The Dakotas—the modern states of North and South Dakota—are a part of the Northern Plains, an area which was buffalo country from the time of de-glaciation until modern agriculture in the nineteenth century. A few of the archaeological findings regarding the Dakotas BCE are described below.
Early Pre-contact Period:
The time from first settlement by Indian people following de-glaciation until the climate changes about 9,000 years ago is called the Early Pre-contact Period by some archaeologists and the Paleo-Indian Period by others. Indian people during this era were hunting now extinct mega-fauna, including the mammoth and pre-historic bison. Some of the archaeological sites from this period include:
Lange-Ferguson: About 9100 BCE, Indian people using Clovis technology killed and butchered at least two mammoths at the Lange-Ferguson site in South Dakota.
Ray Long: About 9000 BCE, Indian people occupied the Ray Long site (39FA65) in South Dakota. They were using spear points which are lanceolate with narrow, straight to concave bases. These points had ground edges near the bases.
Jim Pitts: About 8200 BCE, Indian people were using the Jim Pitts site near the Black Hills area known as the Racetrack. The people were hunting bison and mule deer. They were using Goshen, Folsom, Agate Basin, Cody, and Fishtail points.
Middle Pre-contact Period:
The era which archaeologists call the Middle Pre-contact Period begins about 6800 BCE with a hot, dry Altithermal. Much of the area is abandoned by Indian people because of the lack of game. The Altithermal began to moderate about 3000 BCE and both the animal and human populations increased. During the last portion of the Middle Pre-contact (about 1000 BCE), the use of the tipi as a primary domicile increased. In addition, there is increased evidence of domesticated dog.
Benz: About 6000 BCE, Indian people with Cody Complex tools began to occupy the Benz site on the Knife River in North Dakota. The Cody Complex, which included an assemblage of projectile points, scrapers, gravers, wedges, choppers, hammer stones, and bone tools, was associated with bison kill and processing sites.
Liking Bison: By about 4730 BCE, Indian people were using the Liking Bison site in South Dakota. This was a bison kill site in which the hunters drove the animals into a gully which is about 3-5 feet wide and 2-3 feet deep.
Beaver Creek Rock Shelter: About 4700 BCE, Indian people were using the Beaver Creek Rock Shelter (39CU779) in present-day Wind Cave National Park. Archaeologist Douglas MacDonald, in his book Montana Before History: 11,000 Years of Hunter-Gatherers in the Rockies and Plains, writes: “Among the animal remains from the site are a variety of frogs and reptiles, suggesting that the arid conditions of the Altithermal had not dried out this north-facing rock shelter. In addition, remains of deer, bison, and pronghorn indicate a diverse diet for Early Archaic hunter-gatherers at the site.”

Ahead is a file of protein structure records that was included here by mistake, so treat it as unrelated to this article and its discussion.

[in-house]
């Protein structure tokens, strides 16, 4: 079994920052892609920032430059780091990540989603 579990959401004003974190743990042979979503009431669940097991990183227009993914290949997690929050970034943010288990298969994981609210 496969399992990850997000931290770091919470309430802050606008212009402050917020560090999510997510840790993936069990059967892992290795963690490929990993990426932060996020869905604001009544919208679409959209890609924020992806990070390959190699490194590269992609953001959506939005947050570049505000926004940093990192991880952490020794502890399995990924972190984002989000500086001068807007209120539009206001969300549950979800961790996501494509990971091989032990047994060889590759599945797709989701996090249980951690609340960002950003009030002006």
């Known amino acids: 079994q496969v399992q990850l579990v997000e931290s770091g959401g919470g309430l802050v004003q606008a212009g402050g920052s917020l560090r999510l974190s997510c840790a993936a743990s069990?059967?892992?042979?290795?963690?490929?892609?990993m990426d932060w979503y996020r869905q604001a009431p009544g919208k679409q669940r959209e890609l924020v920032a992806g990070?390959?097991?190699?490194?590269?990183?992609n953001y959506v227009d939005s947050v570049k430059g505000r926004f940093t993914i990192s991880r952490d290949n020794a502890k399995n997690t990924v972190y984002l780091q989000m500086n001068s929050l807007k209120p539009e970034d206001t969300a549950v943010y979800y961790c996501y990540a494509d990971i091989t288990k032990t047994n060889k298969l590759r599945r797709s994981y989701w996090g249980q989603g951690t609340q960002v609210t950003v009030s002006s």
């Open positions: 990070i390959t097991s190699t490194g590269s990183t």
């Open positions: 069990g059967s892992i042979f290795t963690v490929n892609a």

By 4570 BCE, the Indian people at this site were using side-notched projectile points. By 2700 BCE, they were hunting bison, deer, and pronghorn. At this time, they were using McKean projectile points.
Besant Phase: By 90 BCE, in Montana, Wyoming, North Dakota, and Alberta, the time period which archaeologists call the Besant Phase begins. Indian people at this time were sophisticated buffalo hunters and were engaging in other big game hunting. Archaeologist George Frison, writing in the Handbook of North American Indians, reports: “Besant hunters were apparently still using the atlatl and dart, and their projectile points are distinctive in morphology and manufacture technology, utilizing the best available raw materials. They may have been the most sophisticated bison-hunting group on the Northwestern Plains in pre-horse times judging from evidence recovered in eastern Wyoming.”
They were using ground stone tools as well as side-notched projectile points. At some sites on the Upper Missouri River and at some sites in Alberta, the people appear to have used ceramics which suggests that they were in contact with Woodland Indian groups to the east.
James River Area: About 25 BCE, an epidemic struck the people living along the James River area and killed at least 28 people, mostly infants, children, and elders. The partially cremated remains of the dead were buried in a deep pit lined with hides.